Tea Gardens and Hawks Nest residents have been warned about an increase in dingo and wild dog activity and reports of aggressive behaviour towards both people and pets.
"The reports of residents and tourists feeding and encouraging dingoes is very concerning and the increased reports of threatening behaviour are linked to this," MidCoast Council senior ecologist, Mat Bell said.
Council has been working with the NSW National Parks and Wildlife Service and Local Land Services to develop more uniform dingo/wild dog management procedures in the area.
But, Mr Bell said it was imperative all residents and landowners, especially caravan park operators, knew their responsibilities as well.
"We know that once dingoes become comfortable or confident with people, their behaviours can escalate quite quickly, and this begins when people feed them," Mr Bell said.
We know that once dingoes become comfortable or confident with people, their behaviours can escalate quite quickly, and this begins when people feed them.Mat Bell
"So we're asking locals, visitors and tourist operators to never feed dingoes or allow them to have access to food, including rubbish, they shouldn't be encouraged in any way," he said.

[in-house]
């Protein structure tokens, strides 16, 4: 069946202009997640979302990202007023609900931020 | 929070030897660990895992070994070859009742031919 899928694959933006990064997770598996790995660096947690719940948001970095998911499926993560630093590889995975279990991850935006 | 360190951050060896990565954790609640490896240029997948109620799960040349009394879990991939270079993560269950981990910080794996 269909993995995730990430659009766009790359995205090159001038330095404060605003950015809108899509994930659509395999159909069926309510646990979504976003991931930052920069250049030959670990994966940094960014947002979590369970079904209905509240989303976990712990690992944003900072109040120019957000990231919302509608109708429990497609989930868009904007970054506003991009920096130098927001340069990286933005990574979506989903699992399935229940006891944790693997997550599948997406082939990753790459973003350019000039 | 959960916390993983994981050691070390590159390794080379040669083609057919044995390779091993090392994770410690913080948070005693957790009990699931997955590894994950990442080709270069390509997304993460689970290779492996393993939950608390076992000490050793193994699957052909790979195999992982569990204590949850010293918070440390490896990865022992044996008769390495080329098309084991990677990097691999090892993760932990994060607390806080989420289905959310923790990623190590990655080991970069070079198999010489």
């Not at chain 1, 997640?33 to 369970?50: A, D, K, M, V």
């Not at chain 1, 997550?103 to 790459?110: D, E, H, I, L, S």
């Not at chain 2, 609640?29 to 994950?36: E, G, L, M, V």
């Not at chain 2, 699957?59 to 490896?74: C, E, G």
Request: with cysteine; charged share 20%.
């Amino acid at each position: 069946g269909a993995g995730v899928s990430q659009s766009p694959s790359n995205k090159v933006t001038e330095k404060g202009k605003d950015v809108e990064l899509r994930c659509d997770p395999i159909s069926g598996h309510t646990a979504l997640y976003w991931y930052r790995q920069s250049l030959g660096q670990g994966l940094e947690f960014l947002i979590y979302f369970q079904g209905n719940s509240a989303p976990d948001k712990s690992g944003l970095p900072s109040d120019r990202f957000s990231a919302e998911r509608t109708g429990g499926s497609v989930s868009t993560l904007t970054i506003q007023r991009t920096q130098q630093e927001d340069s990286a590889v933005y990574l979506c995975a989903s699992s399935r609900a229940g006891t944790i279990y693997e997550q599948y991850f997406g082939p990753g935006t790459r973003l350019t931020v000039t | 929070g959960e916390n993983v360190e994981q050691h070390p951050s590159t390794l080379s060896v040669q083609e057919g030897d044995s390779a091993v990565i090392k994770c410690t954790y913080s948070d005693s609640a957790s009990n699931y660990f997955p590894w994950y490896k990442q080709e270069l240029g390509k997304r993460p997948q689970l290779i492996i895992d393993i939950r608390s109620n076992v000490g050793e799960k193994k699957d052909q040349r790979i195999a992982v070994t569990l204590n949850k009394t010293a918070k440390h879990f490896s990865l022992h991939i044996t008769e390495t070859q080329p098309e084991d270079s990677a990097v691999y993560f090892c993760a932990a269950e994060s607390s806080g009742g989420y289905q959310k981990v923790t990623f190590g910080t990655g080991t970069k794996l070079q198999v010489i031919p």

"Some people see a dingo and think it is under-fed.
"We need to recognise that dingoes are naturally very lean and they are very capable and effective at finding their own food, naturally ranging widely across the landscape."
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Council is in the process of commissioning and installing new signage to promote awareness of dingo safe practices as well as educating caravan park owners and operators.
The public signs should be installed in prominent public areas by the start of March.
"Control of dingoes in an urban context is difficult and sometimes very distressing," Mr Bell said.
"Council has always maintained a register of community reports on dingoes/wild dogs and has been monitoring the behaviours of specific animals, which has been made easier with the introduction of a new register on our website to ensure all details are captured."
If any members of the community have observed and are concerned with the behaviour of a dingo/wild dog or have been involved in a threatening encounter, council is urging them to log the details on their online form at www.midcoast.nsw.gov.au/dingomanagement.
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